Wednesday, December 11, 2002

Self Publishing and Web Services

You don't have to be into programming to realize the value of a web service. Blogging is proof that web services are a useful tool, bringing technology and the masses closer together.

Self publishing reflects similar structures of developing and maintaining ideas and information exchange. Much of the media still questions why certain types of news is still not a commodity the masses are willing to pay for. I wasn't sure if they were joking or not. Some news is timely, relevant, and important to consider. I think belaboring the act of providing this news misses the mark. Not every single thing a person does is suppose to make them a millionaire. Save for the reward of riches from distancing oneself from ignorance, thusly, securing their own future.

Part of what makes news or information valuable is really the data mining aspects. News in its raw form must still be honed and analyzed in order to reveal its true value. Self-publishing "blogging" is becoming a popular medium for enabling individuals to express and exchange ideas in order to locate the value of the original information.

While many of these terms have a popular meaning in programming, essentially it still serves the same purpose to civilians living outside the structure of technology architecture but safely within the walls of direct applications and implementation. It is common to get thrown off by the surrealistic sound of technology jargon, however, after that it is still important to realize that it's not really a foreign language. Much like lyrics to a song, that may sound different based on the style of music used to present it. Makes sense right?

Blogging clearly is a web service that touched a very human need for expression, much in the way that email touched the need for communication. Too, bad for us all that this came in after all the other bogus sales centric services gave the internet a bad reputation.
Who suffers the most for this inappropriate activity? Truthfully everyone has.

Data mining is an important term because it relates directly as well as metaphorically to the complexities of the information age. We have unlimited access to information now that was the point. Just like the miners for gold the land must be marked off and slowly sifted through in order to obtain the valueable resources. Nearly impossible to simply intuit and forget it. Now that we have all this information, it must be sorted sifted, distributed, anaylzed, tested, redistributed, and so on until its potential can be fully appreciated and put to correct use.

This process may take place on many levels. Primarily, data mining is thought of as a marketing term, however, on another level, we arrive at social norms, political analysis, artistic expressions, mathematical problem solving / philosophical theory, and scientific fact collecting for intelligence advancements.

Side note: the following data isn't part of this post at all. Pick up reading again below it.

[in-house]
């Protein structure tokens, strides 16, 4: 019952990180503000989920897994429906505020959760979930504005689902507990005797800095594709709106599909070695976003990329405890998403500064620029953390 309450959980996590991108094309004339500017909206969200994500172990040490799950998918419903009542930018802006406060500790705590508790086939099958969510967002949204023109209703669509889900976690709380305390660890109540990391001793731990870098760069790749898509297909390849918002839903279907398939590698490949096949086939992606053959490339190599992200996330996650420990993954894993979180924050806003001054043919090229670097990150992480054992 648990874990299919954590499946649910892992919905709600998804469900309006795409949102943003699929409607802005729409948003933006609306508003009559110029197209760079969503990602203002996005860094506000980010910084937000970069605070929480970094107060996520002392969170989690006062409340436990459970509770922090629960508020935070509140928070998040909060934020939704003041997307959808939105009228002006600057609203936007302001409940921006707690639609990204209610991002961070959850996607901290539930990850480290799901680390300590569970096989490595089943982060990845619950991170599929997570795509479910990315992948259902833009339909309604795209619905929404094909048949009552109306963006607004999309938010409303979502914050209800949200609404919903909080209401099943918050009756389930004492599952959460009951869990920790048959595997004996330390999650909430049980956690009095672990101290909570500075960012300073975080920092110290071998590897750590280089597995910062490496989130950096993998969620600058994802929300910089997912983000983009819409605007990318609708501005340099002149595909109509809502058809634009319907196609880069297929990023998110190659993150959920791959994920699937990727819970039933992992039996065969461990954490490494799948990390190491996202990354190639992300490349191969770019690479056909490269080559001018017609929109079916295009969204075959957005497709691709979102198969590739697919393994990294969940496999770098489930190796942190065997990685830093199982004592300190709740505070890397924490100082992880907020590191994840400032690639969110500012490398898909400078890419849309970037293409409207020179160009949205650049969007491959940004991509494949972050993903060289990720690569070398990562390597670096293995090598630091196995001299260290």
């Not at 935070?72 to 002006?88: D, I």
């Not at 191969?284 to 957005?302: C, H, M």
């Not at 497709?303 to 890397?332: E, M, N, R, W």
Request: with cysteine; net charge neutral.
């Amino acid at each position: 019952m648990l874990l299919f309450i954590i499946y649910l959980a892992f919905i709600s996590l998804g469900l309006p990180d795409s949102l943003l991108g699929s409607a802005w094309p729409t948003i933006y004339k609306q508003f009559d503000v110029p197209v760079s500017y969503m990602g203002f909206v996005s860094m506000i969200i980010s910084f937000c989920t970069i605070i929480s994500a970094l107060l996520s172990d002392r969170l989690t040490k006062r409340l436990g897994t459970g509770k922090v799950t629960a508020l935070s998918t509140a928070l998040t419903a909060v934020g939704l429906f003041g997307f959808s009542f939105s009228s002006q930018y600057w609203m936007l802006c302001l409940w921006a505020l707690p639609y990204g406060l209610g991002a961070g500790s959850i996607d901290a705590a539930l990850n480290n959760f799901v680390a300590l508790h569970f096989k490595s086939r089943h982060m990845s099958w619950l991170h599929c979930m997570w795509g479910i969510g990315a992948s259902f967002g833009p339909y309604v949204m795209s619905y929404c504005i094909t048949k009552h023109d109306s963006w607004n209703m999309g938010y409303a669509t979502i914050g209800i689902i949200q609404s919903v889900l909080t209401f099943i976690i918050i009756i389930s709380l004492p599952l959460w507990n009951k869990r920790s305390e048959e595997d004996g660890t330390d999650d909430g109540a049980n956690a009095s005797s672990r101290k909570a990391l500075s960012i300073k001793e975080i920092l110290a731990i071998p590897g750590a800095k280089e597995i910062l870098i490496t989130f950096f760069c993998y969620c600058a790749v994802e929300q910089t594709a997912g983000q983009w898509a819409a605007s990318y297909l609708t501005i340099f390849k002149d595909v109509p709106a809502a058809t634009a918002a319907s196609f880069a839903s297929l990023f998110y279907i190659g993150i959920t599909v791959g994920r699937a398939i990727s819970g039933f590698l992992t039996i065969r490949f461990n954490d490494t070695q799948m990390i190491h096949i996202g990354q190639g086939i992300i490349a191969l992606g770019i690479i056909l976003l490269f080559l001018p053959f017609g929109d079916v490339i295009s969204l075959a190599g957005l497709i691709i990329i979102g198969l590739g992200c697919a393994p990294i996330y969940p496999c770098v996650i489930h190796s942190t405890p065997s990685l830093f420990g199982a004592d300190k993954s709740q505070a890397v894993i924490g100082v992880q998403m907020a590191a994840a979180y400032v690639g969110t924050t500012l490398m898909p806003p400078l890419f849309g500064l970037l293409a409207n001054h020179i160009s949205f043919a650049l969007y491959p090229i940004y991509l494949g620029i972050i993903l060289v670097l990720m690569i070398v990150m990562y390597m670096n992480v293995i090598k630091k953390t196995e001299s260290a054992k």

In this instance, it becomes increasingly more important that data be not only collected, but mined, organized, filtered, and refined before it becomes valueable content to publish for other viewers. Even this is just a step one.

Microsoft is releasing Office 11 for beta testing. There is a tremendous amount of speculation as to what this will mean exactly. I spoke with one programmer who felt that this tool would have little to no impact on the independent developer or the administrative/consumer.

I don't believe that, I do believe that no one is expecting over night or over the counter salvation. At this point, I think everyone knows as good as its sounds its not going to happen. I think it will provide the opportunity to seal the crack or bridge the gap between the world of the IT programmer and the world of the IT applications consumer. Familizing both sides with language similarities and allowing for the tool users to become more well versed in basic applications, code, and uses.

I realistically can't see this going any other way. Perhaps if no one was blogging it would be possible, but with all these new web service technologies and simple code placement being put into the hands of anyone with a pc and dsl, new doors are opening the minds of those who have been kept out. In addition, to allowing programmers to witness the social effects that technology may have on the general public.

It's not so much about this new tool but about what the tool represents. As far as I can see. Without competition, I don't expect much resistance. You may not see everyone waiting outside for the stores to open, but the anticipation will be there just the same. The article, " Office 11 Needs XML" found in eWeek Magazine touches on many of the points I was attempting to make earlier, if only with the gloves still on.


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